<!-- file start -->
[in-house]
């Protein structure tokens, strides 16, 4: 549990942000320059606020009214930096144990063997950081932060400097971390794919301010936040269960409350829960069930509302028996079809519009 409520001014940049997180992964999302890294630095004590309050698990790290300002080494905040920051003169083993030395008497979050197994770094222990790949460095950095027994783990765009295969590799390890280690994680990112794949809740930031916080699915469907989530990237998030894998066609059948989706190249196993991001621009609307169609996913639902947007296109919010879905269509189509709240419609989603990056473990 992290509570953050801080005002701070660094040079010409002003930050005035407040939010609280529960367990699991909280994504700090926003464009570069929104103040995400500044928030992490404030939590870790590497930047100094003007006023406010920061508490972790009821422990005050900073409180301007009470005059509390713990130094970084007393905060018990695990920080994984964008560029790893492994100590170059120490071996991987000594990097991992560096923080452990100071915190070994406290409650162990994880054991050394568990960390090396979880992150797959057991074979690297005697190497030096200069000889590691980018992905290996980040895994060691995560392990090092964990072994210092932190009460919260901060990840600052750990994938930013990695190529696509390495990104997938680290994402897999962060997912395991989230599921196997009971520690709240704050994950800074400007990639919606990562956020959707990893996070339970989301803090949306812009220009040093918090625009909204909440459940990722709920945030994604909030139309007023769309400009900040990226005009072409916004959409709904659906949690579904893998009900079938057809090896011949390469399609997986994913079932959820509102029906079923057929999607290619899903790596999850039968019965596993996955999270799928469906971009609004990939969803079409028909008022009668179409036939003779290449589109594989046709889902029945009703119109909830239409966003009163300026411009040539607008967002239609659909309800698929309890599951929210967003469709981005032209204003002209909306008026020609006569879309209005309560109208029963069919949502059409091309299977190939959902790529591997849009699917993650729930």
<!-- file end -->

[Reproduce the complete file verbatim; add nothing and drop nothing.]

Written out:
[in-house]
């Protein structure tokens, strides 16, 4: 549990942000320059606020009214930096144990063997950081932060400097971390794919301010936040269960409350829960069930509302028996079809519009 409520001014940049997180992964999302890294630095004590309050698990790290300002080494905040920051003169083993030395008497979050197994770094222990790949460095950095027994783990765009295969590799390890280690994680990112794949809740930031916080699915469907989530990237998030894998066609059948989706190249196993991001621009609307169609996913639902947007296109919010879905269509189509709240419609989603990056473990 992290509570953050801080005002701070660094040079010409002003930050005035407040939010609280529960367990699991909280994504700090926003464009570069929104103040995400500044928030992490404030939590870790590497930047100094003007006023406010920061508490972790009821422990005050900073409180301007009470005059509390713990130094970084007393905060018990695990920080994984964008560029790893492994100590170059120490071996991987000594990097991992560096923080452990100071915190070994406290409650162990994880054991050394568990960390090396979880992150797959057991074979690297005697190497030096200069000889590691980018992905290996980040895994060691995560392990090092964990072994210092932190009460919260901060990840600052750990994938930013990695190529696509390495990104997938680290994402897999962060997912395991989230599921196997009971520690709240704050994950800074400007990639919606990562956020959707990893996070339970989301803090949306812009220009040093918090625009909204909440459940990722709920945030994604909030139309007023769309400009900040990226005009072409916004959409709904659906949690579904893998009900079938057809090896011949390469399609997986994913079932959820509102029906079923057929999607290619899903790596999850039968019965596993996955999270799928469906971009609004990939969803079409028909008022009668179409036939003779290449589109594989046709889902029945009703119109909830239409966003009163300026411009040539607008967002239609659909309800698929309890599951929210967003469709981005032209204003002209909306008026020609006569879309209005309560109208029963069919949502059409091309299977190939959902790529591997849009699917993650729930």